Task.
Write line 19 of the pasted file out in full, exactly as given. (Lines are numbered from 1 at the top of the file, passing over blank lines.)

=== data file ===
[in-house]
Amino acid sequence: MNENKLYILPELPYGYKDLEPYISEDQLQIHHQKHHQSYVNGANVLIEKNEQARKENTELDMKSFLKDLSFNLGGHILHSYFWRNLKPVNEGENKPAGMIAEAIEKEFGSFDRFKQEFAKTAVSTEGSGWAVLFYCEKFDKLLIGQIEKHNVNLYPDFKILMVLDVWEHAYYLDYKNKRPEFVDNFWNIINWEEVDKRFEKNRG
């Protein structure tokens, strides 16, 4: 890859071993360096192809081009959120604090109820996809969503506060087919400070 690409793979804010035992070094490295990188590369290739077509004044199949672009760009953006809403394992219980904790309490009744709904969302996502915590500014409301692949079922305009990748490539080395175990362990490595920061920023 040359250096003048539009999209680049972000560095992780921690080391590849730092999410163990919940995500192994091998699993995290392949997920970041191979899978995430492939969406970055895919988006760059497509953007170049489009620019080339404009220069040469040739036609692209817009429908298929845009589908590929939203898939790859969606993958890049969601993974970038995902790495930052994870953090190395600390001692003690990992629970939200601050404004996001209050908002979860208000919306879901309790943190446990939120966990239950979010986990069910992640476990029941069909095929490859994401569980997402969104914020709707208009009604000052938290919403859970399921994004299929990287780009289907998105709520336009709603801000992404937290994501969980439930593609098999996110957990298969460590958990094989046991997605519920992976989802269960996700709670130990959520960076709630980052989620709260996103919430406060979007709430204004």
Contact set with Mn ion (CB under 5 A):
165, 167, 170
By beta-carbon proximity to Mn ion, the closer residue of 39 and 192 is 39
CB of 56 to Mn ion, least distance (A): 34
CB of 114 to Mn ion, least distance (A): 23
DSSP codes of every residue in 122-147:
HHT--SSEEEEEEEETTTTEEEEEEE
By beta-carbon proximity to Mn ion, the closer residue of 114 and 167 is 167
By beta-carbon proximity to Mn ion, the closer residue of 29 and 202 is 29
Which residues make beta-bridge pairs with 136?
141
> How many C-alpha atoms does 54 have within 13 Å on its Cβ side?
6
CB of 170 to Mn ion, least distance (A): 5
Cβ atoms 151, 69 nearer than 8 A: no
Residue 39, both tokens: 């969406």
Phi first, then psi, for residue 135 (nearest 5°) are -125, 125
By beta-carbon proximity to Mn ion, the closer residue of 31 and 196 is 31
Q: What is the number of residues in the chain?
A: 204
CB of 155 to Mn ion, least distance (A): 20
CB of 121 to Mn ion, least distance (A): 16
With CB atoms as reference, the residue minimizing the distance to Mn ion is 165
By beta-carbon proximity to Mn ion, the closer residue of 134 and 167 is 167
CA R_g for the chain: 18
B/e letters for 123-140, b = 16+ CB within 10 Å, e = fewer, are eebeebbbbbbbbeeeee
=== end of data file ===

Residue 39, both tokens: 């969406």